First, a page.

Strength Training: The Fundamentals

By April 13, 2015 No Comments


Strength training: The Fundamentals

Strength training is not just for bodybuilders or athletes but is one of the most crucial activities to promote, improve and maintain the health of the adult population as well as reduce the risk of chronic disease or premature death.

There have been a lot of studies on strength and actual muscular loss in older populations and it seems that no matter what as you get older you will loose strength and muscle mass. Although this process is not something we can stop it is something we can be prepared for.

The first thing people think of when strength training is mentioned is getting big, becoming a bodybuilder, putting on huge amounts of muscle mass. This can often scare people away. Firstly this is not something that happens easily and will not happen to you unless that is your complete focus and goal, which is another topic altogether.

The fact is that strength training does so much more for your body than simply develop muscle mass. When done correctly strength training will strengthen our joints, tendons and ligaments, which will enable you to live your day-to-day life efficiently and safely with a reduced risk of injury. The more functional we can become as human beings, the more we will be able to support our own independence.

The effort you put into strength training now will prepare you for the inevitable loss of strength that comes with age. Its never too late to start, its not about being the best from the start, its about getting better than you are, every little bit counts.

Taking the perspective of an athlete the stronger you are the easier exercise becomes, the faster you can complete a workout, the harder you are to tackle, the risk of getting injured decreases. The benefits of strength training once done properly are endless.

Just some of the benefits of strength training are listed below:

  • Strength improves balance and stability: decreases risk of falling and injury
  • Builds Muscle strength: reduce Muscle loss. Every decade after approximately 30 years of age adults l ose 5-7pounds of muscle. Strength training helps rebuild lost muscle and slow the process of age related muscle loss (Sarcopenia).
  • Reduce risk of Osteoporosis: Strength training has been proven to increase bone density and prevent osteoporosis.
  • Reduce Blood pressure: Strength training can reduce and prevent high blood pressure through strengthening the heart muscle making it beat more efficiently.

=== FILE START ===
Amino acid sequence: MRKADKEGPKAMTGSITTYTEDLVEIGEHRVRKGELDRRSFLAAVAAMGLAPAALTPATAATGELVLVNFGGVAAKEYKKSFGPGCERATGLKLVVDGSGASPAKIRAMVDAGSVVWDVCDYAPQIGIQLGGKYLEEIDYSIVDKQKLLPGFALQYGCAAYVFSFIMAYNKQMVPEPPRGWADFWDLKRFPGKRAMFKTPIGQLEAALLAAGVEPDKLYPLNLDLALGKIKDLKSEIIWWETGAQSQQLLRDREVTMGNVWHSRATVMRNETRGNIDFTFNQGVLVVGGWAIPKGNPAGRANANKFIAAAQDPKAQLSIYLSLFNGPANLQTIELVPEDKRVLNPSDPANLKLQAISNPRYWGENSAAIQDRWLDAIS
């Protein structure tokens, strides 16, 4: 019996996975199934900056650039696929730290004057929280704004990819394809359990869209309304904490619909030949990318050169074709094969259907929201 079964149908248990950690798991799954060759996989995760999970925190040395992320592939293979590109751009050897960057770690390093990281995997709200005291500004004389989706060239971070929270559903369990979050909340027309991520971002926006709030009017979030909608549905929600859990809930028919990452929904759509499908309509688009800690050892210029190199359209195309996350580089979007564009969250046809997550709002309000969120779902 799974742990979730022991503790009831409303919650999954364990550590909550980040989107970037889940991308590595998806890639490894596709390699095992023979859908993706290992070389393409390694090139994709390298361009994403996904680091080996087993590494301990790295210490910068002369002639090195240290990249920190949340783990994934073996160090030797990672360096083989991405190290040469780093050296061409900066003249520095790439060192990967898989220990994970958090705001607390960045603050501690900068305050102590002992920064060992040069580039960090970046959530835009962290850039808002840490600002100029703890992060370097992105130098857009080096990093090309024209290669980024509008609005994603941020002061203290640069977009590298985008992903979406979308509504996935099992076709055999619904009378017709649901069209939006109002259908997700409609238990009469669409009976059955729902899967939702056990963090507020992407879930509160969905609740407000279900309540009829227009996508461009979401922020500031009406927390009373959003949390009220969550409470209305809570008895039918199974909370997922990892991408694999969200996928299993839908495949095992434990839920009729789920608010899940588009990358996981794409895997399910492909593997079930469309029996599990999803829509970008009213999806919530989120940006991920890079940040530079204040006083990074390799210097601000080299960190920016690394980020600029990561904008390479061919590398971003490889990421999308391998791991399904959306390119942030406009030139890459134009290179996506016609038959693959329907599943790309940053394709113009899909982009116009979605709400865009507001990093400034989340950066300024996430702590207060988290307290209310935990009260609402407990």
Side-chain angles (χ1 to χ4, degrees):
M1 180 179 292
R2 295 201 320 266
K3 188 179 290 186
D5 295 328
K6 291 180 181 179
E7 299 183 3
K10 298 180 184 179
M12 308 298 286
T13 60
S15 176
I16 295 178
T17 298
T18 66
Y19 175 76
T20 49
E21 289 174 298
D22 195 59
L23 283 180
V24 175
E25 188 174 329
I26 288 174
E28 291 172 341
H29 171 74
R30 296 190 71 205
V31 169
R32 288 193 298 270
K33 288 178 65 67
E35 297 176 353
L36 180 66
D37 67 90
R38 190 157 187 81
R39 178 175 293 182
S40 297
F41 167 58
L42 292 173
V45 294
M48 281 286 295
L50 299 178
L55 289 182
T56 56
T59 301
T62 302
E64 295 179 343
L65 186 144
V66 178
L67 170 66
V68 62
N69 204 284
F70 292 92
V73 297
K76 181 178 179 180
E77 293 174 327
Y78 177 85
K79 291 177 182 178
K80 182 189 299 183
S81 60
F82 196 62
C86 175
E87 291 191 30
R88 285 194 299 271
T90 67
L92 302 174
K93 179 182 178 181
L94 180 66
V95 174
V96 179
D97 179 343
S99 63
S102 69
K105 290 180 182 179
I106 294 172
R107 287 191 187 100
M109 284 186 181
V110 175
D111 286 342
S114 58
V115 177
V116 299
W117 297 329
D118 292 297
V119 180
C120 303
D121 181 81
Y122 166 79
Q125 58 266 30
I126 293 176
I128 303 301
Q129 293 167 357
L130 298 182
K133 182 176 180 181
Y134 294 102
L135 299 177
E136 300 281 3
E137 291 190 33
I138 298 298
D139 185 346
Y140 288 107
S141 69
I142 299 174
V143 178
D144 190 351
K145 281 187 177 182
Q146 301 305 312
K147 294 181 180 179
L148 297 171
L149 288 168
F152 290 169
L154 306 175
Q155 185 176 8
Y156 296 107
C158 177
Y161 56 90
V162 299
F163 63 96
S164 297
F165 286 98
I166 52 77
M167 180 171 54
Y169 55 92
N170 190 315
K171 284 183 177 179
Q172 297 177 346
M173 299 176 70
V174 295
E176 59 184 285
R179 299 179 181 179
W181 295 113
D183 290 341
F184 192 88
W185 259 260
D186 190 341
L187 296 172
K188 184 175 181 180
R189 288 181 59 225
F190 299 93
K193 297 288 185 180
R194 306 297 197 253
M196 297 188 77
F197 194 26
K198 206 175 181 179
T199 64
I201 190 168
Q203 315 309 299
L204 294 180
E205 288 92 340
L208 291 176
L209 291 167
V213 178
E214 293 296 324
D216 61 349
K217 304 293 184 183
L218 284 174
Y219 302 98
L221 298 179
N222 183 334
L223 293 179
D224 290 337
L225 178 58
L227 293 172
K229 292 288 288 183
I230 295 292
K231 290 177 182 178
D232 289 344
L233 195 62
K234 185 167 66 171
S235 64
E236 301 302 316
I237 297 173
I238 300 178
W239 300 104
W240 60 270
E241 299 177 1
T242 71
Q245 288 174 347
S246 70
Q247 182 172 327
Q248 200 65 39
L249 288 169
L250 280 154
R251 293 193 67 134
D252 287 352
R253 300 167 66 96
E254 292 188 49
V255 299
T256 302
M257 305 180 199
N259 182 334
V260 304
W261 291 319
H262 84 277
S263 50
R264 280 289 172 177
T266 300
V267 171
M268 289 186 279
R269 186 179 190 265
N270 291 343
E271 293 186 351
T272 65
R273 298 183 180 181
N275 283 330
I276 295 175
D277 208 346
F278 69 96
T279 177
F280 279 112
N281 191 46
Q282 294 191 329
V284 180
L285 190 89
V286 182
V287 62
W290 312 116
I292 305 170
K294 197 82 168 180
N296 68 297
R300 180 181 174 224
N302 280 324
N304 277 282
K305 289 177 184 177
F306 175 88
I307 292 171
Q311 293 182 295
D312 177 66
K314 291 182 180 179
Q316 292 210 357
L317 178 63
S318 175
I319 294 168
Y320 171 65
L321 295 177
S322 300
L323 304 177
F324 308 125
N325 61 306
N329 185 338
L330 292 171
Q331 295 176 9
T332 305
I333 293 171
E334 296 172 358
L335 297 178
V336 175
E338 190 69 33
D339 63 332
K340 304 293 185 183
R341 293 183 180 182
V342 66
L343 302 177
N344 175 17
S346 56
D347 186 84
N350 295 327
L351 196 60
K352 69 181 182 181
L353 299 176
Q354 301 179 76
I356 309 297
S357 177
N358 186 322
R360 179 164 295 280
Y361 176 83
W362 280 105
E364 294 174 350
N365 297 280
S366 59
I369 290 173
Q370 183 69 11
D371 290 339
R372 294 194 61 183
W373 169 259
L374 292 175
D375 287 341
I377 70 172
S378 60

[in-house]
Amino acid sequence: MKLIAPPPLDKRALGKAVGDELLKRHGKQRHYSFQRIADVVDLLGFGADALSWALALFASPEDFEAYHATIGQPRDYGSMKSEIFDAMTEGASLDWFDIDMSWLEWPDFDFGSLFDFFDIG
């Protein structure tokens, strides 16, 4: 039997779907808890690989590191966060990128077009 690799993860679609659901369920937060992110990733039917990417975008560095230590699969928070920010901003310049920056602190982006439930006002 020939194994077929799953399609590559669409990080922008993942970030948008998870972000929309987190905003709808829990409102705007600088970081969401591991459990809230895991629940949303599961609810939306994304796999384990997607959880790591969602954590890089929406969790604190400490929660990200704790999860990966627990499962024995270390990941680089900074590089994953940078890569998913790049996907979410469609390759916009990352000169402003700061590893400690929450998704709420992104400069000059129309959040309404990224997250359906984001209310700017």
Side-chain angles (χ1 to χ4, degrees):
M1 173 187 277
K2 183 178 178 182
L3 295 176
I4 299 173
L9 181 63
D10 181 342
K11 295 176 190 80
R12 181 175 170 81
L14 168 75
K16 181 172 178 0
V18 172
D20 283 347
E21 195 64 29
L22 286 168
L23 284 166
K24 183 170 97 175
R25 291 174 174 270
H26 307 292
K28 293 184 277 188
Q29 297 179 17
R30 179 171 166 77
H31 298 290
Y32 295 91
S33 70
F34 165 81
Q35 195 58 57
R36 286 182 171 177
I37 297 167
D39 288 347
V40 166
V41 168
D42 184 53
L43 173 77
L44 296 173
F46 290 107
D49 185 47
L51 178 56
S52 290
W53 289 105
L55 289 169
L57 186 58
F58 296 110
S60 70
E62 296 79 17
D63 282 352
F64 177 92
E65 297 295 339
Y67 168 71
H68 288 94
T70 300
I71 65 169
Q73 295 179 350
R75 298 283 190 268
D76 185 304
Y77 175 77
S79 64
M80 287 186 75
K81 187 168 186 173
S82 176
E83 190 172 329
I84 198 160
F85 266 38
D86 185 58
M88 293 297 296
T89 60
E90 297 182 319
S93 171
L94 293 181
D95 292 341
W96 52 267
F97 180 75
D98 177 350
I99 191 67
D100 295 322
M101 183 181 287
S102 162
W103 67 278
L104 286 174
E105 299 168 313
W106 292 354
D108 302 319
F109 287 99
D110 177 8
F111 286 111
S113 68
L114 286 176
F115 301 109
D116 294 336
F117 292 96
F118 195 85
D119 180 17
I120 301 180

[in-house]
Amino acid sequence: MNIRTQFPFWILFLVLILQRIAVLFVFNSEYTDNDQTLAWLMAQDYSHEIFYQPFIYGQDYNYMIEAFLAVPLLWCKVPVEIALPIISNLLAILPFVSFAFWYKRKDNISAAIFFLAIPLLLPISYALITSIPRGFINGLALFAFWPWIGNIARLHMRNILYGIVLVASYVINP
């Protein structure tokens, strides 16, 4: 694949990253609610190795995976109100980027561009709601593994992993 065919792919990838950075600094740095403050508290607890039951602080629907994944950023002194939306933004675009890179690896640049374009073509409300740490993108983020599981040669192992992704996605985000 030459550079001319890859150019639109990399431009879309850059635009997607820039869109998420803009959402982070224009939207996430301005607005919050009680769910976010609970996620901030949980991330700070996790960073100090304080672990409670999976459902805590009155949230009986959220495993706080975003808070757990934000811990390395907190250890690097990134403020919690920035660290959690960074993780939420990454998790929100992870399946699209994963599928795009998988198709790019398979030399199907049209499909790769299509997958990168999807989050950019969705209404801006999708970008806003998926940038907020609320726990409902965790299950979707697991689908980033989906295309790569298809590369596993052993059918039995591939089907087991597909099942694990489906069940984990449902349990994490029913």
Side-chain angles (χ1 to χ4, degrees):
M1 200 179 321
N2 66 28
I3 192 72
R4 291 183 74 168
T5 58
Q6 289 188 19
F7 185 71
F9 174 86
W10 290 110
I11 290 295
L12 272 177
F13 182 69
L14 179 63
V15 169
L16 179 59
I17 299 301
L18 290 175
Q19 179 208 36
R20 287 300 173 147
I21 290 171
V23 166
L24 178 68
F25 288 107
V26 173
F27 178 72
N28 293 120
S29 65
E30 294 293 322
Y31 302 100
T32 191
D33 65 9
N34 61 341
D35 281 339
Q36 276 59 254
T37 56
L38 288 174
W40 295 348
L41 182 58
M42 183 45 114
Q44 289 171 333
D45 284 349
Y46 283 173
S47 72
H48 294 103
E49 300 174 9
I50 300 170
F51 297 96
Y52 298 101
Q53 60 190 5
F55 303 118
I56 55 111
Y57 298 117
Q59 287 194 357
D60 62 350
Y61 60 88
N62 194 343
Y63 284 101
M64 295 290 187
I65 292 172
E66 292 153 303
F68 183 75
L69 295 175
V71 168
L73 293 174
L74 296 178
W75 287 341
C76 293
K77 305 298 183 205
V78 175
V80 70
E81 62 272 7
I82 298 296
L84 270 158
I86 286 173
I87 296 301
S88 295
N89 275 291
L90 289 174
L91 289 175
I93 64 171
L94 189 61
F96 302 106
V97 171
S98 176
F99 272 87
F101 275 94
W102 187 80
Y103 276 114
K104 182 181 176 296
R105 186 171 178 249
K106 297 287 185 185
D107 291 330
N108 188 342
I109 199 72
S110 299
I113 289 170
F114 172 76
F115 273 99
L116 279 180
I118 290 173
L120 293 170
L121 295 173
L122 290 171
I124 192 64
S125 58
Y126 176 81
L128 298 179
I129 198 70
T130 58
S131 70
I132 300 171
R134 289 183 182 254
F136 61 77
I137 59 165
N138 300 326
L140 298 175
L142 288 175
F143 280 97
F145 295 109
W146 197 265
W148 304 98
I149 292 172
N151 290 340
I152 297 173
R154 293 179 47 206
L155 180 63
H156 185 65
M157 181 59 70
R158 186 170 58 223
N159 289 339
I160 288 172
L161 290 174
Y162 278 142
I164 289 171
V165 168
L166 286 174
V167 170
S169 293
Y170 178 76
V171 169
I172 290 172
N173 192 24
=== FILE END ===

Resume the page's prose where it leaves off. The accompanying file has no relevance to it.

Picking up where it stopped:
• Increase calorie burn/Metabolic rate: Strength training increases the metabolic rate. The more muscle you have the more calories burnt while at rest. This significantly affects long-term weight loss.
  • Reduce low back pain: Strengthening the core through functional movement exercises has proven to increase lower back strength and reduce low back pain.
  • Reduce anxiety symptoms
  • Improve cognition among older adults
  • Improve self esteem



The Athlete:

Virtually any strength training will trigger a response in an untrained or novice athlete. Following your own programming in the beginning is not advised. This is often the cause of relatively inexperienced athletes moving with poor technique, who achieve initial success and then plateau or often go backwards due to injury, poor movement patterns or lack of appropriate progression. So here is the best advice I can give you to separate your self and your program from others.

Take the time to build a foundation: without a foundation risk of injury is quite high, work on the basic concepts of movement!!

Core Strength: The ability to keep an active neutral core. Focus on not switching off or hyperextending while applying force in your squat, deadlift, press etc. An active core evenly loads the vertebral disks of the spine creating a safe and effective transmission of forces.

Understand Movement: What muscles are you working, are you able to keep in position, are the correct muscles firing? Often people find it quite difficult to fire their glutes and put excessive pressure on the lower back.

Core to Extremities: High levels of power are generated from the center out. This happens in a wave of contractions from the high force low velocity muscles of the core to the low force high velocity muscles of the extremities. You want to let the force of your hips carry over to your arms by not violating this chain of movement. Error can be seen in movements such as prematurely bending the arms in the Olympic lifts.

Full Range of Motion: Athletes should be moving through their full range of motion. For example, performing a squat requires depth of hip crease below knee. If mobility restricts this work that first! Partial range of motion results in partial strength and flexibility. Attack the basics of movement first and the strength will come, don’t skip the steps!

Finally Do some Handstands: Wall climbs, handstand kickups, free handstands should be a big part of your training, which I would usually put into every warm up. A handstand requires your entire body to kick into action. It is a skill that increases strength, balance and mobility. Learning how to keep you’re core switched on upside down makes it a whole lot easier standing up. HS develop massive shoulder mobility and strength and have a never-ending list of progressions, which allows you constantly challenge our skills and your body.